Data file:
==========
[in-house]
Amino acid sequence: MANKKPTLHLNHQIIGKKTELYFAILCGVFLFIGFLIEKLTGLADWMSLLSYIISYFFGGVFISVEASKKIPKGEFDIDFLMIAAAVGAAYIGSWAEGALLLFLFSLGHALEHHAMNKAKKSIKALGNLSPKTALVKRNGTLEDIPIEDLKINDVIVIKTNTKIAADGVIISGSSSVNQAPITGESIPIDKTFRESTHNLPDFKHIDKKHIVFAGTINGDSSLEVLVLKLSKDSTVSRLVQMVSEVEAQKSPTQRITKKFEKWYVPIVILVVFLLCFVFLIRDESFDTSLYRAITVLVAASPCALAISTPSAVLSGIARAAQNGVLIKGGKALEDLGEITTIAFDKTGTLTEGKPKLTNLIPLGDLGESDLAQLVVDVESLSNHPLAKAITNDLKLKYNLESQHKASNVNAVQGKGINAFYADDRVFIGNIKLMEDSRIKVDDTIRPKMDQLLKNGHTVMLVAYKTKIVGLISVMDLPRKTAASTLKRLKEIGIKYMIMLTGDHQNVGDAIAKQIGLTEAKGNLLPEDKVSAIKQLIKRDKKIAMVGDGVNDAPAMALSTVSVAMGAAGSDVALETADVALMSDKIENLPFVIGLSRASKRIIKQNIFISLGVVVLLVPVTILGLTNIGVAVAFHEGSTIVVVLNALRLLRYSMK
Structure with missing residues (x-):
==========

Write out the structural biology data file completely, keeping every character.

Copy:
[in-house]
Amino acid sequence: MANKKPTLHLNHQIIGKKTELYFAILCGVFLFIGFLIEKLTGLADWMSLLSYIISYFFGGVFISVEASKKIPKGEFDIDFLMIAAAVGAAYIGSWAEGALLLFLFSLGHALEHHAMNKAKKSIKALGNLSPKTALVKRNGTLEDIPIEDLKINDVIVIKTNTKIAADGVIISGSSSVNQAPITGESIPIDKTFRESTHNLPDFKHIDKKHIVFAGTINGDSSLEVLVLKLSKDSTVSRLVQMVSEVEAQKSPTQRITKKFEKWYVPIVILVVFLLCFVFLIRDESFDTSLYRAITVLVAASPCALAISTPSAVLSGIARAAQNGVLIKGGKALEDLGEITTIAFDKTGTLTEGKPKLTNLIPLGDLGESDLAQLVVDVESLSNHPLAKAITNDLKLKYNLESQHKASNVNAVQGKGINAFYADDRVFIGNIKLMEDSRIKVDDTIRPKMDQLLKNGHTVMLVAYKTKIVGLISVMDLPRKTAASTLKRLKEIGIKYMIMLTGDHQNVGDAIAKQIGLTEAKGNLLPEDKVSAIKQLIKRDKKIAMVGDGVNDAPAMALSTVSVAMGAAGSDVALETADVALMSDKIENLPFVIGLSRASKRIIKQNIFISLGVVVLLVPVTILGLTNIGVAVAFHEGSTIVVVLNALRLLRYSMK
Structure with missing residues (x-):